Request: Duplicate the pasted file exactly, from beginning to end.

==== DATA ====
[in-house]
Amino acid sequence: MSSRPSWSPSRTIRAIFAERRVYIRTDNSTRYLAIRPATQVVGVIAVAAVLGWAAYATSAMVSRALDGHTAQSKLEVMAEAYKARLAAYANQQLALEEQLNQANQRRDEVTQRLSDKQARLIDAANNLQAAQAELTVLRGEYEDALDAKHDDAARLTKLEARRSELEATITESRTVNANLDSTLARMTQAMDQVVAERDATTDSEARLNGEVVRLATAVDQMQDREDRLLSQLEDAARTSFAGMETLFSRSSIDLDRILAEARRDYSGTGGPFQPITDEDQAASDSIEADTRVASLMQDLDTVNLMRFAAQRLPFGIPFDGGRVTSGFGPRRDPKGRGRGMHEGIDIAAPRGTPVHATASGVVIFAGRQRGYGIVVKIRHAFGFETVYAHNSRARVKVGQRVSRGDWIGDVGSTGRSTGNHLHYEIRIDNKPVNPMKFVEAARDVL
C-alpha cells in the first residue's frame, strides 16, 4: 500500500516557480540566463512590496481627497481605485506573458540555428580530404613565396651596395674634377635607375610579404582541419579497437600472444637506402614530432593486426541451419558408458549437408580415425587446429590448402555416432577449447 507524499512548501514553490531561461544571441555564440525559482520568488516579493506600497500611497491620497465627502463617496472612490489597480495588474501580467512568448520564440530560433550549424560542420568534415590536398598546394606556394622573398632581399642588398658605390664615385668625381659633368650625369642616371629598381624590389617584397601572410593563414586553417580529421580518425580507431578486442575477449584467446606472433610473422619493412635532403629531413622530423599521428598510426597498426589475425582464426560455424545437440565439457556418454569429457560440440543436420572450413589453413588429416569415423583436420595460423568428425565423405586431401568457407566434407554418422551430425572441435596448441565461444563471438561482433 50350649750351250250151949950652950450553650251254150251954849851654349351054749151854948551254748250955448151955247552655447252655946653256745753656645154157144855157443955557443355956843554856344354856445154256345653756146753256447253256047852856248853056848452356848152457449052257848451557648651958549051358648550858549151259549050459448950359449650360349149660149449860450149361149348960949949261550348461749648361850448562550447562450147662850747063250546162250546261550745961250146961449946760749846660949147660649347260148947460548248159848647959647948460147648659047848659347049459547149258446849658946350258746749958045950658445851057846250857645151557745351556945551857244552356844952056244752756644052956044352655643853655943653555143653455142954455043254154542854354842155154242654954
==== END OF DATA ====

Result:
[in-house]
Amino acid sequence: MSSRPSWSPSRTIRAIFAERRVYIRTDNSTRYLAIRPATQVVGVIAVAAVLGWAAYATSAMVSRALDGHTAQSKLEVMAEAYKARLAAYANQQLALEEQLNQANQRRDEVTQRLSDKQARLIDAANNLQAAQAELTVLRGEYEDALDAKHDDAARLTKLEARRSELEATITESRTVNANLDSTLARMTQAMDQVVAERDATTDSEARLNGEVVRLATAVDQMQDREDRLLSQLEDAARTSFAGMETLFSRSSIDLDRILAEARRDYSGTGGPFQPITDEDQAASDSIEADTRVASLMQDLDTVNLMRFAAQRLPFGIPFDGGRVTSGFGPRRDPKGRGRGMHEGIDIAAPRGTPVHATASGVVIFAGRQRGYGIVVKIRHAFGFETVYAHNSRARVKVGQRVSRGDWIGDVGSTGRSTGNHLHYEIRIDNKPVNPMKFVEAARDVL
C-alpha cells in the first residue's frame, strides 16, 4: 500500500516557480540566463512590496481627497481605485506573458540555428580530404613565396651596395674634377635607375610579404582541419579497437600472444637506402614530432593486426541451419558408458549437408580415425587446429590448402555416432577449447 507524499512548501514553490531561461544571441555564440525559482520568488516579493506600497500611497491620497465627502463617496472612490489597480495588474501580467512568448520564440530560433550549424560542420568534415590536398598546394606556394622573398632581399642588398658605390664615385668625381659633368650625369642616371629598381624590389617584397601572410593563414586553417580529421580518425580507431578486442575477449584467446606472433610473422619493412635532403629531413622530423599521428598510426597498426589475425582464426560455424545437440565439457556418454569429457560440440543436420572450413589453413588429416569415423583436420595460423568428425565423405586431401568457407566434407554418422551430425572441435596448441565461444563471438561482433 50350649750351250250151949950652950450553650251254150251954849851654349351054749151854948551254748250955448151955247552655447252655946653256745753656645154157144855157443955557443355956843554856344354856445154256345653756146753256447253256047852856248853056848452356848152457449052257848451557648651958549051358648550858549151259549050459448950359449650360349149660149449860450149361149348960949949261550348461749648361850448562550447562450147662850747063250546162250546261550745961250146961449946760749846660949147660649347260148947460548248159848647959647948460147648659047848659347049459547149258446849658946350258746749958045950658445851057846250857645151557745351556945551857244552356844952056244752756644052956044352655643853655943653555143653455142954455043254154542854354842155154242654954